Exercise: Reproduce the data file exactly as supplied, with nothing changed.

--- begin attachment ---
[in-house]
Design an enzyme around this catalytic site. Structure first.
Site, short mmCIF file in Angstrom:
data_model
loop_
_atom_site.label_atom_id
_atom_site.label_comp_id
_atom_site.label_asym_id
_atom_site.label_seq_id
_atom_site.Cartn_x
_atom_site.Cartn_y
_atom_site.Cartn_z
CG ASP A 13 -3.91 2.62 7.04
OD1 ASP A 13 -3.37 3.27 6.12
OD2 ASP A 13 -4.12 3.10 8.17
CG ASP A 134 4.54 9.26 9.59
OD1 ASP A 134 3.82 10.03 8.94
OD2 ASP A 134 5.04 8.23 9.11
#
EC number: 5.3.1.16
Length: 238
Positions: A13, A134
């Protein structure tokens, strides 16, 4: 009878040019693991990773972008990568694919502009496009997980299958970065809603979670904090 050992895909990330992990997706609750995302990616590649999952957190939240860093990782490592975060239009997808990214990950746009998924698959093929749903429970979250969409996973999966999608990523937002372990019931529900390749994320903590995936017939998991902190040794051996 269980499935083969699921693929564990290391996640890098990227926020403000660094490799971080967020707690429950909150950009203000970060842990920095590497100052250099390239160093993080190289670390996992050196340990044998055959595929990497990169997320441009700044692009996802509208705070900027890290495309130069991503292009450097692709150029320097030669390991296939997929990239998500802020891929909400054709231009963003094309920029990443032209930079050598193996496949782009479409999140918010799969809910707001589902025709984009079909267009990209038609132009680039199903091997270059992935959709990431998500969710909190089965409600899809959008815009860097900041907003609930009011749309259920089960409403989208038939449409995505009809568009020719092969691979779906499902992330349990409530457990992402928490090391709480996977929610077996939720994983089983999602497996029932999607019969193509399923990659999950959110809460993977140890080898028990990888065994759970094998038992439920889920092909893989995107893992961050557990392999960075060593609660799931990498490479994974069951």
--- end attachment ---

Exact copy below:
[in-house]
Design an enzyme around this catalytic site. Structure first.
Site, short mmCIF file in Angstrom:
data_model
loop_
_atom_site.label_atom_id
_atom_site.label_comp_id
_atom_site.label_asym_id
_atom_site.label_seq_id
_atom_site.Cartn_x
_atom_site.Cartn_y
_atom_site.Cartn_z
CG ASP A 13 -3.91 2.62 7.04
OD1 ASP A 13 -3.37 3.27 6.12
OD2 ASP A 13 -4.12 3.10 8.17
CG ASP A 134 4.54 9.26 9.59
OD1 ASP A 134 3.82 10.03 8.94
OD2 ASP A 134 5.04 8.23 9.11
#
EC number: 5.3.1.16
Length: 238
Positions: A13, A134
């Protein structure tokens, strides 16, 4: 009878040019693991990773972008990568694919502009496009997980299958970065809603979670904090 050992895909990330992990997706609750995302990616590649999952957190939240860093990782490592975060239009997808990214990950746009998924698959093929749903429970979250969409996973999966999608990523937002372990019931529900390749994320903590995936017939998991902190040794051996 269980499935083969699921693929564990290391996640890098990227926020403000660094490799971080967020707690429950909150950009203000970060842990920095590497100052250099390239160093993080190289670390996992050196340990044998055959595929990497990169997320441009700044692009996802509208705070900027890290495309130069991503292009450097692709150029320097030669390991296939997929990239998500802020891929909400054709231009963003094309920029990443032209930079050598193996496949782009479409999140918010799969809910707001589902025709984009079909267009990209038609132009680039199903091997270059992935959709990431998500969710909190089965409600899809959008815009860097900041907003609930009011749309259920089960409403989208038939449409995505009809568009020719092969691979779906499902992330349990409530457990992402928490090391709480996977929610077996939720994983089983999602497996029932999607019969193509399923990659999950959110809460993977140890080898028990990888065994759970094998038992439920889920092909893989995107893992961050557990392999960075060593609660799931990498490479994974069951």